A long-distance honor
CSB and SJU professor receives honor from Chinese university
October 26, 2010
By Mike Killeen
Henry Jakubowski has made seven trips to Southwest University in China since 1997. Each time, he has gone as a professor of chemistry at the College of Saint Benedict and Saint John's University to promote and enhance an academic relationship between the schools.
But the next time he visits the Chinese university, he'll have a new title. Henry was named a visiting professor of chemistry at Southwest, which is located in Beibei, China.
"I was just stunned and really deeply honored by this recognition," Henry said.
Henry, 57, plans to continue teaching at CSB and SJU until his retirement. But he anticipates making a trip or two to China with CSB and SJU groups before his retirement, and "I do see myself going back (to China) to teach part-time during my retirement."
Southwest and CSB and SJU are celebrating the 25th anniversary of their relationship this year. That relationship has included faculty and student exchanges and study abroad programs.
Henry started the Summer Science Exchange Program - now known as the Summer Exchange Program - in 2006. It is a reciprocal exchange of students, with students from CSB and SJU traveling to China, where they are matched with a Chinese student research partner for six weeks. That research partnership continues when the Chinese students visit Minnesota to work with their CSB and SJU peers for another six weeks.
"This honor from Southwest is a testament to Henry's remarkable contribution to the relationship between Southwest and CSB and SJU," said Joe Rogers, director of the Center for Global Education at CSB and SJU. "Henry served as director for two semester-long programs and did an outstanding job.
"What's truly amazing is that he recognized during these experiences that natural science majors did not always have the same opportunity as other students to study abroad, and so he partnered with colleagues at Southwest to design our innovative summer research exchange program. Henry has always been motivated by the desire to increase educational opportunities for our students," Joe said.
"CSB and SJU are deeply indebted to Henry Jakubowski for pioneering one of America's first liberal arts college science-based research exchange programs with China," said P. Richard Bohr, professor of history at CSB and SJU and director of the schools' Asian Studies Program. "Through the years, he has expanded this program to also encompass humanities, fine arts and social sciences exchange with Southwest University."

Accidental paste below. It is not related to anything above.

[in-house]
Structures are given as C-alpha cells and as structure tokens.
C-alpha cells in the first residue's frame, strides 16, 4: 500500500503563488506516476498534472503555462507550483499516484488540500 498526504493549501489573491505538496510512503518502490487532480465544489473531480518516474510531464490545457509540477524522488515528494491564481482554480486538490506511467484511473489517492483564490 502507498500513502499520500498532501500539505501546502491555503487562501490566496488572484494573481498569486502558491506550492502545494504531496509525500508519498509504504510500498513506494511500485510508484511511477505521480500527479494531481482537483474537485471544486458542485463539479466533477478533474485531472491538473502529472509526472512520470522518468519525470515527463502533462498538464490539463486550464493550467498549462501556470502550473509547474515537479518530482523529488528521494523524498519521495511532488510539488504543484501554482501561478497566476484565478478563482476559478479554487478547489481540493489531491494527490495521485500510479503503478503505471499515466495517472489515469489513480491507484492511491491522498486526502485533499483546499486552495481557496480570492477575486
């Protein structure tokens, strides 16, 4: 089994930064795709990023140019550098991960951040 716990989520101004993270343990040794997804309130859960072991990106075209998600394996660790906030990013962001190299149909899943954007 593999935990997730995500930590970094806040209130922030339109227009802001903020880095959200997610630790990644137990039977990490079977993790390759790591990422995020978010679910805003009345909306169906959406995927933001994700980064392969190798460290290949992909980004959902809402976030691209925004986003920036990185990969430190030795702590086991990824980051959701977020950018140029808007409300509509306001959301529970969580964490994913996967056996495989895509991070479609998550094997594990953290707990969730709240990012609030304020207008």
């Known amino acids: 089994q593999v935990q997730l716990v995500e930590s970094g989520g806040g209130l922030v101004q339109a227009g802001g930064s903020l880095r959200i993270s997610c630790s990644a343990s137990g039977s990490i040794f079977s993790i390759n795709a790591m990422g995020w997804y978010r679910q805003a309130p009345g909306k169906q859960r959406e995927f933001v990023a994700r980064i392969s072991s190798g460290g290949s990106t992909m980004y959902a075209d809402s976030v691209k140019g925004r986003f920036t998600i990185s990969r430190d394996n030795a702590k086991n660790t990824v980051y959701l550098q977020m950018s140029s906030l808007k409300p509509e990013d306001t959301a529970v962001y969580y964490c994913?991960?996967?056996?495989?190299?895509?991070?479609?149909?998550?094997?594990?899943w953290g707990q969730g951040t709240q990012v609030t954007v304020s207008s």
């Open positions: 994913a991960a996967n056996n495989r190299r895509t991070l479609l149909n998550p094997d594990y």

In May, Henry and other CSB and SJU faculty members visited Southwest to further expand the program. Near the end of the stay, Henry had dinner with members of Southwest's Office of International Exchanges and Cooperation.
"They said that Song Naiqing - the former president of Southwest who is now the vice chancellor of the institution - wanted to stop by my apartment to see me," Henry recalled. "We have a good relationship. I've met with him many times. It was really quite an honor for me that he wanted to come to my apartment to greet me.
"We chatted for about an hour. I mentioned how fondly I thought of Southwest," Henry said. "I suggested that someday, when I retire, I would like to potentially teach there. I have taught biochemistry at Southwest to undergraduate and graduate students. He (Naiqing) said, 'We're just going to make you a visiting professor of chemistry and chemical engineering.' They fast-forwarded the process so that I would have an induction ceremony the day we left campus (May 24).
"It was really a high honor for me, to tell you the truth, because it recognizes the enormous amount of time I have spent developing opportunities for both Southwest and our students," Henry said.
Henry sees his appointment as a strengthening of the relationship between the schools.
"Frankly, we (the institutions) are different. Southwest has 50,000-plus students. It offers both Ph.D.'s and master's degrees. We are much smaller but we bring a lot to the relationship," Henry said. "I think it's a sign that our relationship is vital and still growing."
Richard said that due to the U.S. Department of Education Title VI grant which was received in 2009, CSB and SJU are implementing exchange programs in Japan and India.
"What Henry built has now become a pillar of our new Asian Studies major and is being replicated by other U.S. colleges," Richard said.